Modernising operations to handle cargo traffic

With ground handling and cargo warehousing sector relying on international flights, aviation sector suffered losses during the pandemic. Following rise in number of flights, we assume demand will reach pre-pandemic levels soon, says Kamesh Peri, CEO, Çelebi Delhi Cargo.

Priyanshi Bana

Since many airlines have converted their aircrafts into freighters, what has been the impact on cargo volumes? Kindly elaborate.

While the pandemic has taken a toll on the aviation sector, cargo operations are helping in offsetting a part of the airline losses, even as they continue to play a significant role in facilitating international trade and accelerating air cargo volume worldwide. The passenger-to-freighter aircraft conversions is contributing to some extent in this effort. Many airlines have implemented temporary conversions of passenger planes to allow them to carry more cargo during the pandemic.

However, this did not totally compensate for the loss of capacity as in pre-COVID-19 times. The passenger-to-freighter aircraft assisted in carrying cargo volumes and helped the airlines to stay afloat during the pandemic.

In the long-term, global air cargo traffic has been forecast to grow by 4 per cent a year over the next two decades. In Boeing’s World Air Cargo Report from last October, it is forecast that the world’s dedicated freighter fleet will grow by more than 60 per cent, and nearly two-thirds of the deliveries will be conversions from passenger-to-freighter aircraft.

Amongst the impacted industries, aviation will probably be the most affected; our ground handling and cargo warehousing sector is dependent on international flights, and a few domestic customers. Ever since the lockdowns, our business has declined. The ground handling and cargo warehousing industry is laborious and capital-intensive. We have a high fixed cost base which makes our position more precarious.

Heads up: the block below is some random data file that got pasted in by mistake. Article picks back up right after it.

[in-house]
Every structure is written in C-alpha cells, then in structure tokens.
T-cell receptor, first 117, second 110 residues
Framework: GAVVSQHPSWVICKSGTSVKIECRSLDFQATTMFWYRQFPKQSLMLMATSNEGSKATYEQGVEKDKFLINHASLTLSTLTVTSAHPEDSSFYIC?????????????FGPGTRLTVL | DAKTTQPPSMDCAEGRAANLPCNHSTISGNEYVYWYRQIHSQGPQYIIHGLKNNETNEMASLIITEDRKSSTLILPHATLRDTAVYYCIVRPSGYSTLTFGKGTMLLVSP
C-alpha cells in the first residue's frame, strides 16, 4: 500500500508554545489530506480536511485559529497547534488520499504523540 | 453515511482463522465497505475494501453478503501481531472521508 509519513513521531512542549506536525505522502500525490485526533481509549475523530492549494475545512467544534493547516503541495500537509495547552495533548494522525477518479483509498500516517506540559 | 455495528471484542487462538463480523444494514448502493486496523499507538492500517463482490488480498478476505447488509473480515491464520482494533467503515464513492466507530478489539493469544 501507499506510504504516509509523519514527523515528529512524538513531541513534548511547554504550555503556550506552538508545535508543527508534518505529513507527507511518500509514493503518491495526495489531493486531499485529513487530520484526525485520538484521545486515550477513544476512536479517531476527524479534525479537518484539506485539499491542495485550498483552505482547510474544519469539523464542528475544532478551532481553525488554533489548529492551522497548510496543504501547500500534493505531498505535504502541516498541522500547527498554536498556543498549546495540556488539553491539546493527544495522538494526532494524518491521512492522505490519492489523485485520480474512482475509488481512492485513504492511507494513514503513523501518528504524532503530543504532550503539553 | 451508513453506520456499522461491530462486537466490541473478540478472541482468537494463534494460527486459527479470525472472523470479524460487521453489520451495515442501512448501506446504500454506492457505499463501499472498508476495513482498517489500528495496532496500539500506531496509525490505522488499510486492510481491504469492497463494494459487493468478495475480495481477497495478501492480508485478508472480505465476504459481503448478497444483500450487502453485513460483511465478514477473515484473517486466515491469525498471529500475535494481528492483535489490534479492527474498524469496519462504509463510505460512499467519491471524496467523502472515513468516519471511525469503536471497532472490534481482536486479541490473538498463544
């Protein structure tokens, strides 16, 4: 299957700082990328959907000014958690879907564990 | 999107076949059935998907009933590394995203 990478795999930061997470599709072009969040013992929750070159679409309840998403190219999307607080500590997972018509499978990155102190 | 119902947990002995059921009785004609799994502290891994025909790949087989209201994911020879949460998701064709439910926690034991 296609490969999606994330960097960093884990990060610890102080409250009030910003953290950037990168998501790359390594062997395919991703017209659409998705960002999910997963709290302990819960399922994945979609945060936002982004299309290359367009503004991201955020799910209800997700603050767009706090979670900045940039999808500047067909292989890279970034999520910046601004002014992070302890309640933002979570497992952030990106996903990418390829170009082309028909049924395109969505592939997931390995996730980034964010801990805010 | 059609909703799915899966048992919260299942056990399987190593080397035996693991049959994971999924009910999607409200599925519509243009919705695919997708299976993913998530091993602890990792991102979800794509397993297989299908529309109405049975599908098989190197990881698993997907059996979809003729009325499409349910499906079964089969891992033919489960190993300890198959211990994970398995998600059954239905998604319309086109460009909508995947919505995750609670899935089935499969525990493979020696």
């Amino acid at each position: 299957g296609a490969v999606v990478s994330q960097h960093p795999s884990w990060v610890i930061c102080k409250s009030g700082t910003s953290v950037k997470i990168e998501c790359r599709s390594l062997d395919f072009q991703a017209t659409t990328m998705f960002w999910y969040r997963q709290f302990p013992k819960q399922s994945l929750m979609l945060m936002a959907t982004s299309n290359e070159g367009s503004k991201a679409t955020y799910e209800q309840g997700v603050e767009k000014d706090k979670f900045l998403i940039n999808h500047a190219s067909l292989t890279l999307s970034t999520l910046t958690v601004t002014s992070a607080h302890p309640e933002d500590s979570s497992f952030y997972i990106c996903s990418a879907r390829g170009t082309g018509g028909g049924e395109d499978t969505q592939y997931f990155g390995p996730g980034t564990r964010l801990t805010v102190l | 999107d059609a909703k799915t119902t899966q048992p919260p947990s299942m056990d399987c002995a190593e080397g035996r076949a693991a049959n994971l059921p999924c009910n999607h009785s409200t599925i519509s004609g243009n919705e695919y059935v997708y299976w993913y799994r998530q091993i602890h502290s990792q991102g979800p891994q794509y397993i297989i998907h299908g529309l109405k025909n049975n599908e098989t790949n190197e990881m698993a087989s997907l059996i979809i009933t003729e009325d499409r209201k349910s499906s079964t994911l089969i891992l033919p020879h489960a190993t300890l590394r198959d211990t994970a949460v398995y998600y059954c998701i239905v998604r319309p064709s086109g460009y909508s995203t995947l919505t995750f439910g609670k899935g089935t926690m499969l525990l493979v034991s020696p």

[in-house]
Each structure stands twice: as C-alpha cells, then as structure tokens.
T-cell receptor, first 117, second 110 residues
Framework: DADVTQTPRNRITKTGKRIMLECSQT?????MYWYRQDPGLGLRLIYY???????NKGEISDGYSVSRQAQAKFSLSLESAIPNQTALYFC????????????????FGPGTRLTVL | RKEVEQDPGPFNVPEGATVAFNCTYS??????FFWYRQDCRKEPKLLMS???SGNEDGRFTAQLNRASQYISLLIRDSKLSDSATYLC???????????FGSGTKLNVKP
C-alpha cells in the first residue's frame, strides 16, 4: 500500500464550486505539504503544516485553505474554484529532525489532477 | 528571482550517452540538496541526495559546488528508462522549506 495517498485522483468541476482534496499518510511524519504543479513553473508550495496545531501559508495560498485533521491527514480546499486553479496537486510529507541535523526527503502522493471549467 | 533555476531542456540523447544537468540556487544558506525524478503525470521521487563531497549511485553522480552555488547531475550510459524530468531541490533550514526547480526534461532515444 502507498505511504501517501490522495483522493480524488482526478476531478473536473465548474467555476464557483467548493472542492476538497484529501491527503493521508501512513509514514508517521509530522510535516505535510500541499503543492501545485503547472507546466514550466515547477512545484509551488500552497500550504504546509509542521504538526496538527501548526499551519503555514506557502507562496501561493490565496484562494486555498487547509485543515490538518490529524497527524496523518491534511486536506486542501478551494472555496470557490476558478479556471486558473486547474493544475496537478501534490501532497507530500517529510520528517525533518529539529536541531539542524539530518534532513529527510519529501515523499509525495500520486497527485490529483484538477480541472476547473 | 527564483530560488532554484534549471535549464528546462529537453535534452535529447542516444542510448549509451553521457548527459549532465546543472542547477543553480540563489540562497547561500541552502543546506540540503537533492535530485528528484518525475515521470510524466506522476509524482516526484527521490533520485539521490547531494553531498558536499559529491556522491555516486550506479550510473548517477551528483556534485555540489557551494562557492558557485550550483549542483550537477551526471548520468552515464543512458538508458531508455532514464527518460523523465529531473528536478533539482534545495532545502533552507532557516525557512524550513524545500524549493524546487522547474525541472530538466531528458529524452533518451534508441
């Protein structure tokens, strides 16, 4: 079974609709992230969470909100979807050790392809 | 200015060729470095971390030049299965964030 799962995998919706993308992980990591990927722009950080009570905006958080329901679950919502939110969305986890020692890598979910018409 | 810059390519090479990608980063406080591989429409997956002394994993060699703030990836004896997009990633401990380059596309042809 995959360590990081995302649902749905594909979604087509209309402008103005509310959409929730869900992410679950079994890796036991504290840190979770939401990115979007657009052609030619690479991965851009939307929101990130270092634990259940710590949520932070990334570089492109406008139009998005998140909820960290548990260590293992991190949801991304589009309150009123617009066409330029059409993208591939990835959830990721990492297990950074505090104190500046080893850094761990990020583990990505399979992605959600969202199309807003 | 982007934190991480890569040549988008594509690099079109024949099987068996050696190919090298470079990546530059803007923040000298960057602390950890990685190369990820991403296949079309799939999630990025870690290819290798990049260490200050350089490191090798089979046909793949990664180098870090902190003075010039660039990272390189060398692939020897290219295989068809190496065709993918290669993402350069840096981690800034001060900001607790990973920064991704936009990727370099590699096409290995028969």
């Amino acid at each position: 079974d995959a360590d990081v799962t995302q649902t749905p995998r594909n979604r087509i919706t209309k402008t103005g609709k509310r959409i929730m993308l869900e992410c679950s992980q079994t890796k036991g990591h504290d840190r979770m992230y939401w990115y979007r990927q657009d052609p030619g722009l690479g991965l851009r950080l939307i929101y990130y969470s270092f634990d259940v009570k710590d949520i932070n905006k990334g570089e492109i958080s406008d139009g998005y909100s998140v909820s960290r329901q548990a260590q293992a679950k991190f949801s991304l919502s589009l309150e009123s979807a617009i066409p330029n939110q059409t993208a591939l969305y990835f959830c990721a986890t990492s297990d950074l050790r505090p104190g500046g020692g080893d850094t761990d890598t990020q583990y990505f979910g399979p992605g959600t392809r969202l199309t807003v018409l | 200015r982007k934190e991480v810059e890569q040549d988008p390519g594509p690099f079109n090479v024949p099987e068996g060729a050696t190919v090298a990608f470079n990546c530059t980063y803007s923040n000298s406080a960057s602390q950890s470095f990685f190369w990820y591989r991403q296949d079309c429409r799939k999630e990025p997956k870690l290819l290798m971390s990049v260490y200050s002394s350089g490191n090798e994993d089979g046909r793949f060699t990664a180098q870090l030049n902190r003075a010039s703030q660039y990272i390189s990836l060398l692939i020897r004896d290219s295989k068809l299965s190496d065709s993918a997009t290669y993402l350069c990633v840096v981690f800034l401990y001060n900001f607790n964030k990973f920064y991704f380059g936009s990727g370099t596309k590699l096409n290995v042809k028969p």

What cargo tonnage was flown during 2021? What were the main essentials that were transported?

According to the Airports Authority of India (AAI) in 2021 (YTD September), below is the cargo tonnage flown for domestic and international air cargo from all Indian airports.  The essentials transported include electronics, electrical components, auto parts and components, perishable, meat, pharma products, textile and readymade garments, engineering goods, e-Commerce goods, face masks, sanitizers, oxygen concentrators, PPE and leather products.

As normalcy has been restored in passenger flights, will the air cargo be impacted?

The passenger traffic remained weak in the first half of 2021, but recent signs are pointing towards a surge in air travel for the second half of 2021 since an increasing number of people have got vaccinated, and international travel restrictions are gradually easing. It is expected that the international passenger traffic will reach its pre-COVID-19 level by 2023, while domestic passenger traffic will reach the pre-COVID-19 level by the second half of 2022. These developments would have a positive effect on air cargo as with the number of flights increasing, Cargo capacity will grow and add up to current numbers. It is expected that with an increase in flight frequencies and capacity, and a growing demand, overall cargo volumes would reach pre-COVID-19 levels by 2023.

What is the future of air cargo in the New Normal?

In the current scenario, we are witnessing the enhancement of airport cargo infrastructure, digital infrastructure for cargo handling, and the development of collaborative partnership models between various stakeholders.

As per International Air Transport Association (IATA), the world air cargo traffic is forecast to increase dynamically, with an annual growth rate of over 4 per cent in the next 20 years. The air cargo market is and would be significantly stimulated by the boom of e-Commerce, with its market size predicted to increase by 20 per cent year-on-year during the next five years.

Economic outlook, increasing customer expectations, and changing regulations: All are redefining the handling, storage, and distribution of goods transported by air, which consequentially, impacts cargo facilities. Therefore, changes are needed in the business models, architectural and process designs, deployed technologies, and workforce skill sets. Green vehicles, employees equipped with digital tools, along with the next generation of technology-enhanced cargo facilities; altogether shall boost productivity, operational efficiencies and increase responsiveness to customers. The cargo facility of the future is expected to be safe and secure, green, automated, connected, and smart.